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GRE Issue: Learning Is Primarily A Matter Of Personal Discipline - With A Free Essay Review
Prompt: “Learning is primarily a matter of personal discipline; students cannot be motivated by school or college alone. Write a response in which you discuss the extent to which you agree or disagree with the statement and explain your reasoning for the position you take. In developing and supporting your position, you should consider ways in which the statement might or might not hold true and explain how these considerations shape your position.”
I agree with the statement that learning is primarily a matter of personal discipline, and students cannot be motivated by schools or colleges alone, because students learn for themselves; they can only learn effectively if they are self-motivated, and external forces such as schools cannot effectively make students to learn.
To begin with, I think learning is primarily a matter of personal discipline, and a person can only learn effectively and efficiently if he is self-motivated or he wants to learn, because no one can watch a student all the time, if the student himself is not self-disciplined, then, no one can guarantee that he will learn when he is alone. For instance, a student who does not like maths might learn at school and stop learning after he walks out of classroom. A student will eventually be out of college, and at the time, no one is responsible for whether he is learning or not, and it solely depends on the person himself. If a student is self-disciplined, he will make time to read books or learn other knowledge automatically. Since we are watching ourselves most of the time, and learning is a life-long process that no one can keep on eye on us and force us to learn forever, I agree that learning is primarily a matter of self-discipline.
In addition, I think external forces such as schools and parents cannot effectively motivate students to learn. For instance, a student who does not like English literature is required to take the course in college. In this case, the school may successfully make the student to learn and encourage the student to learn, however, since the student really does not like the course, it is possible that he will just sit in the classroom passively or even fall asleep and learns nothing after all. Further, if a student is forced to learn the subject he really does not like, forcing him to take the course can possibly make the student dislike the subject even more. Besides, even if schools do not force students, but no matter what schools choose to do, eventually, students need to be self-motivated, and willing to learn, otherwise, it would not be effectively. In addition, as mentioned earlier, students will not stay in school forever, when they are out of schools, no one is responsible for motivating students to learn anymore, and students need to be independent. Therefore, I think students cannot be motivated by school or college alone.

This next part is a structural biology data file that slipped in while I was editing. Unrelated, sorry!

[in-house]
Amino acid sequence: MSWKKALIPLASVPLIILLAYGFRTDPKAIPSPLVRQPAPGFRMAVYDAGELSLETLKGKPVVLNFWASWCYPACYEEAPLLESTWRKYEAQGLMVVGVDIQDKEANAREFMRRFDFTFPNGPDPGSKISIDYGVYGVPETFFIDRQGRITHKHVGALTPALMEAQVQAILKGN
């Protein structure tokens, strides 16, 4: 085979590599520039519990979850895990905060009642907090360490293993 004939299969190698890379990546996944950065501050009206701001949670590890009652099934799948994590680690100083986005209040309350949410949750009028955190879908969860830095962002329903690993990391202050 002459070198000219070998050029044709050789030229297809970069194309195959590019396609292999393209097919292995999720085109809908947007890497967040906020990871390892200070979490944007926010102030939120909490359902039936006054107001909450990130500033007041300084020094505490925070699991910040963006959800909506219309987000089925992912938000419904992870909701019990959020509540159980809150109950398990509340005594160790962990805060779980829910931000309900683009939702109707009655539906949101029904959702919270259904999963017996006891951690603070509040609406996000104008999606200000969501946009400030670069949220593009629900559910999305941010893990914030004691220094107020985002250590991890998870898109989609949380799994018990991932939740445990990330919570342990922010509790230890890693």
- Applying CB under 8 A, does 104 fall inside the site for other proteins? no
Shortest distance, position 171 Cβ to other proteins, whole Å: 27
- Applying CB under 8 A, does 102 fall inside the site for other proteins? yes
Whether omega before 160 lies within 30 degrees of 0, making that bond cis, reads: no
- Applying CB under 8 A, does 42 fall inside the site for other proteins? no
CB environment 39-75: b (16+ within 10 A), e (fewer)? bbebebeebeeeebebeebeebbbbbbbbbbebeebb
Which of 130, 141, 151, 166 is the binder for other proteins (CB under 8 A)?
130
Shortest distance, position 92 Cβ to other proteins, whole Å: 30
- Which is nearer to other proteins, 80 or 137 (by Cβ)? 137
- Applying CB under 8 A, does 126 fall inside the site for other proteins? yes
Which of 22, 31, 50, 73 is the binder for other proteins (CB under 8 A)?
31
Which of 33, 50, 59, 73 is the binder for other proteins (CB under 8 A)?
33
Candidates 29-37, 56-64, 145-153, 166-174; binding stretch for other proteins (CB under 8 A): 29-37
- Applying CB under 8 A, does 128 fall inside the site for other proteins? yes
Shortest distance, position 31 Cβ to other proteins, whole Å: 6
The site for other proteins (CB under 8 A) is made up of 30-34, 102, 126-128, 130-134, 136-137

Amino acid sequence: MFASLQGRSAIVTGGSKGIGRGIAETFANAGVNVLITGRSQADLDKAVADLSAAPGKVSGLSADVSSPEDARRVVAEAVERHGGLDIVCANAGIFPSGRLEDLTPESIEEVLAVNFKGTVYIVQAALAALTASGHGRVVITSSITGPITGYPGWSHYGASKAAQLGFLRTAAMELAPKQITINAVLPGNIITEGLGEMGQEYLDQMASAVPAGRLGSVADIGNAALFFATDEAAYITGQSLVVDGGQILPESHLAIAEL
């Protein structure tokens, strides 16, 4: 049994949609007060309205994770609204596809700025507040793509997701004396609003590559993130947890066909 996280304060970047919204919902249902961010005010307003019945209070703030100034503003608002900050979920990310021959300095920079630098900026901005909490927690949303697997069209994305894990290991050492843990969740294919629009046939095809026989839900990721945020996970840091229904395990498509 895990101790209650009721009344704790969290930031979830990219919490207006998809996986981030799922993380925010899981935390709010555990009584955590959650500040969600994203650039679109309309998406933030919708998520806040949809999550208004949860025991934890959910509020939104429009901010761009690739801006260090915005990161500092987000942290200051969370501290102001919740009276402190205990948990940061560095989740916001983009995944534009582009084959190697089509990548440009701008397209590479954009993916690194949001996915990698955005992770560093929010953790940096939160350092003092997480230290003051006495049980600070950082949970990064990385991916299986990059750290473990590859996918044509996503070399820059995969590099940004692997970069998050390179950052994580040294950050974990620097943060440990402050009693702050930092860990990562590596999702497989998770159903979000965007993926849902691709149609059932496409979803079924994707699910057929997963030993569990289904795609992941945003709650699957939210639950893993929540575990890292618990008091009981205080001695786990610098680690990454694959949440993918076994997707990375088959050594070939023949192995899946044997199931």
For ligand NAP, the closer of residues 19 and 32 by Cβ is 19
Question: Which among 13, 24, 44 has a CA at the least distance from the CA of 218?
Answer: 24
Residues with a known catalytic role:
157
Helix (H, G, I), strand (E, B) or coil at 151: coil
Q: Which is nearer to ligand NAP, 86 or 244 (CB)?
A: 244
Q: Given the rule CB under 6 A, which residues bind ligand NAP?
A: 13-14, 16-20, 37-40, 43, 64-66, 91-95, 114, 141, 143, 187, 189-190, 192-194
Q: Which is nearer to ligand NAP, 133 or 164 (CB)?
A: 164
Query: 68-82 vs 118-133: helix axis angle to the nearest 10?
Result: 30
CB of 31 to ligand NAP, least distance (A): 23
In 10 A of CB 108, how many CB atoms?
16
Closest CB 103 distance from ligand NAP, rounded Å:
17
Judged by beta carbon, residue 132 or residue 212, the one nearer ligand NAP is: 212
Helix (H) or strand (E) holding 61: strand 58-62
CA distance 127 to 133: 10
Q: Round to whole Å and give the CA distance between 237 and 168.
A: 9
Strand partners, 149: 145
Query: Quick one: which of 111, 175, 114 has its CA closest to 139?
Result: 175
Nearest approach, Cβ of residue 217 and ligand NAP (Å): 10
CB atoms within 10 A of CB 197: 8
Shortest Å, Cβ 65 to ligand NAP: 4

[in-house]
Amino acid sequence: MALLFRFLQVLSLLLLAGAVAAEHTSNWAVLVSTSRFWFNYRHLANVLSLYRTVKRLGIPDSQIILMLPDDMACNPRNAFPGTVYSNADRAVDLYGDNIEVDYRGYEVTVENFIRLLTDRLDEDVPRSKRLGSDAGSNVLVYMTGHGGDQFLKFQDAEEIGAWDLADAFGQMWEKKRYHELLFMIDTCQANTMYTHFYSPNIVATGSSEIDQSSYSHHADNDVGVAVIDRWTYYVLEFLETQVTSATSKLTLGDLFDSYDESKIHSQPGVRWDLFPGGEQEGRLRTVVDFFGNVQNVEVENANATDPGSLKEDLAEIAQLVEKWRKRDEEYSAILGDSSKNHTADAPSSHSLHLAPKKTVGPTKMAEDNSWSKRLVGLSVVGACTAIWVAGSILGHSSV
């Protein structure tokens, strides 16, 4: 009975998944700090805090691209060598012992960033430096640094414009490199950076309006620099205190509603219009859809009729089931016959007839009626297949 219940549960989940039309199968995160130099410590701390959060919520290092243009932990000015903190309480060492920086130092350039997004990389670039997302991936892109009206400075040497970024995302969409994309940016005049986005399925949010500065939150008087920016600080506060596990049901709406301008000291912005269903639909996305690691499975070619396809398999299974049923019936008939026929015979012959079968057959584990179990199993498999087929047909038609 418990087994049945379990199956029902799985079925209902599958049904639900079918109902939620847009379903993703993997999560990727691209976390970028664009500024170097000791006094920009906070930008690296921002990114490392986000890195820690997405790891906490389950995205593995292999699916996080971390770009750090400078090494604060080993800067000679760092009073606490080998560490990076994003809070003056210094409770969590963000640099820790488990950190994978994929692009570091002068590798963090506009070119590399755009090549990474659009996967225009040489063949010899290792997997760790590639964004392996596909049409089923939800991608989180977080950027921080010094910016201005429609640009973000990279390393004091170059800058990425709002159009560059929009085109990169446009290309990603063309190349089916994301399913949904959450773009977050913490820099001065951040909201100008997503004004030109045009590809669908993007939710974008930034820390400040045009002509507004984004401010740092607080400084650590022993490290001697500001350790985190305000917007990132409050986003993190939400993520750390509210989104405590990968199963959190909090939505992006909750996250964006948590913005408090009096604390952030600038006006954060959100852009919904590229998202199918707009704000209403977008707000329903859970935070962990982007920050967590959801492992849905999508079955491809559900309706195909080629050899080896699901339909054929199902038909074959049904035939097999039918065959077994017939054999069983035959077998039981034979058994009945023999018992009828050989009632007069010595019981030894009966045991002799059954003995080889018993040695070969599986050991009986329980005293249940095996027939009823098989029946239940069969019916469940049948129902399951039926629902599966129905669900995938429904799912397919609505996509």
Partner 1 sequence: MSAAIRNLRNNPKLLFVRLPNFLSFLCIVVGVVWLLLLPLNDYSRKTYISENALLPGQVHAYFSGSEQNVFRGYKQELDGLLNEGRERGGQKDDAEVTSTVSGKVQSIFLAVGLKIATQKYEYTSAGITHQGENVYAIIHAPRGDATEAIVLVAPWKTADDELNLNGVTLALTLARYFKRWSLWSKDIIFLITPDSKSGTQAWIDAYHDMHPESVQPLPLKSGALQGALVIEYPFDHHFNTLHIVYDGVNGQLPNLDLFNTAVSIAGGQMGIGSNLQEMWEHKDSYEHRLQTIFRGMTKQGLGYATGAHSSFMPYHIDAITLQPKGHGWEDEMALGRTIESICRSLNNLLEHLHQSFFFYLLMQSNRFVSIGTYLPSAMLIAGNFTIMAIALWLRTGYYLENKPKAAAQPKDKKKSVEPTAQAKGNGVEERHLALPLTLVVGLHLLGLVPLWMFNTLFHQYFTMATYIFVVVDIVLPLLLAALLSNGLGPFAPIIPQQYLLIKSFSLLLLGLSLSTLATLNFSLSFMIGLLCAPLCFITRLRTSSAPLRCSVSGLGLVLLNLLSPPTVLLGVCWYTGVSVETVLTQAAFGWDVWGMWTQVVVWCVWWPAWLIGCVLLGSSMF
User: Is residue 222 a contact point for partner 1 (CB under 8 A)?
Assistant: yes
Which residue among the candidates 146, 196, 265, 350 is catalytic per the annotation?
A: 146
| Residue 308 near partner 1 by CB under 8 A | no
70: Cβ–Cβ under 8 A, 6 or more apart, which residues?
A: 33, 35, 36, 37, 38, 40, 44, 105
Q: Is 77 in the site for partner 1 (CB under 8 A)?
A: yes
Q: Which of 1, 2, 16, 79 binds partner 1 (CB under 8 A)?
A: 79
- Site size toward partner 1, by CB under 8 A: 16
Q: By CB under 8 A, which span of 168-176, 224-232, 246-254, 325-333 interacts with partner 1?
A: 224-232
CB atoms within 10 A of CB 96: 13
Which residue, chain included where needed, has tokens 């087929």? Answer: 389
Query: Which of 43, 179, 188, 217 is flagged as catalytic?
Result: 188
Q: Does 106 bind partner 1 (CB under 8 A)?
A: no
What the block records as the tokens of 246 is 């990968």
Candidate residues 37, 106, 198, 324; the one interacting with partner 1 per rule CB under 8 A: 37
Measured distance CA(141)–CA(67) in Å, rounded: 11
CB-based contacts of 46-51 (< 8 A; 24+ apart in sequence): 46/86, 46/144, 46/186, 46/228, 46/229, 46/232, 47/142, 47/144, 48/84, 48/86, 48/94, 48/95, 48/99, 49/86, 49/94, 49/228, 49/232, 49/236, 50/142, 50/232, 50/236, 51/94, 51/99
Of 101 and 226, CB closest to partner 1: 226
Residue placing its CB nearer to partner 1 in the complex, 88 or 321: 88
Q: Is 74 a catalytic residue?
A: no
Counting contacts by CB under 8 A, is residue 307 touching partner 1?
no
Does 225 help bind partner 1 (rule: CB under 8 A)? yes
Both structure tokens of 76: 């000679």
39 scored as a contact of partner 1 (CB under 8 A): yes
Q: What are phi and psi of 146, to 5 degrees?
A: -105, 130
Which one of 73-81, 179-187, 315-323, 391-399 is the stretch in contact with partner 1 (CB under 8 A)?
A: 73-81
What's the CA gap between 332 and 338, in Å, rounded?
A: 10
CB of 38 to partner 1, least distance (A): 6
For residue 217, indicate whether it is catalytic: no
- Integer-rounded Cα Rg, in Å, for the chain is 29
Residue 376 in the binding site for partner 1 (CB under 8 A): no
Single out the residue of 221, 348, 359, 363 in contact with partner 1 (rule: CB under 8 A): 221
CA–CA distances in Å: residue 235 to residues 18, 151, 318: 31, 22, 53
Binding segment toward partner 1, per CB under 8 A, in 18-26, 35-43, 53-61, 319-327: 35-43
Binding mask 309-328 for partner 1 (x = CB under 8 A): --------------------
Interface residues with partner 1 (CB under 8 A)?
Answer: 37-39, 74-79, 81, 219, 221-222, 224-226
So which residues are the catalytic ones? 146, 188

However, in the case, a student does not show any preference on a specific subject, then, it is possible that schools can introduce subjects to them in an interesting way and help them develop their interests. Even in this case, students need to be self-motivated after all.
To sum up, I agree that learning is primarily a matter of personal discipline, and students cannot be motivated by schools or colleges alone, because students learn for themselves and learning is a lifelong process that no one can only keep on track of their learning. In addition, learning can only be effectively if they are self-motivated, and external forces such as schools may make students to learn, but, it would no be effectively.
While it is true that no one can reasonably be expected to "watch a student all the time" there are ways, nonetheless, for a teacher constantly to be a presence, so to speak, in a student's mind. And while it is true that "no one can guarantee that a student will learn when he is alone," one can certainly adopt certain pedagogical strategies (carrots and sticks) that increase the chances of the student learning when he is alone, whether he is self-motivated or not.
Your third paragraph deals with the possibility of a school requiring students to take literature courses. This is not really an example of an external force trying to motivate students (that task is left up to the teachers of the required courses). And, since you’ve mentioned it twice, I should point out that I think pointing out that students are not in school forever is really beside the point, since the claim is really about whether schools or colleges can motivate students who don't have self-discipline.
Your penultimate paragraph is a fairly weak attempt (is this becoming a habit?) to look at the other side of the argument. The issue again here is whether schools or colleges can motivate students who are not self-disciplined. It seems to me one cannot really address that issue fully without considering the ways that schools and colleges actually try to motivate students. In other words, you need to consider the efficacy of such motivational tools as institutionalized censure and blame.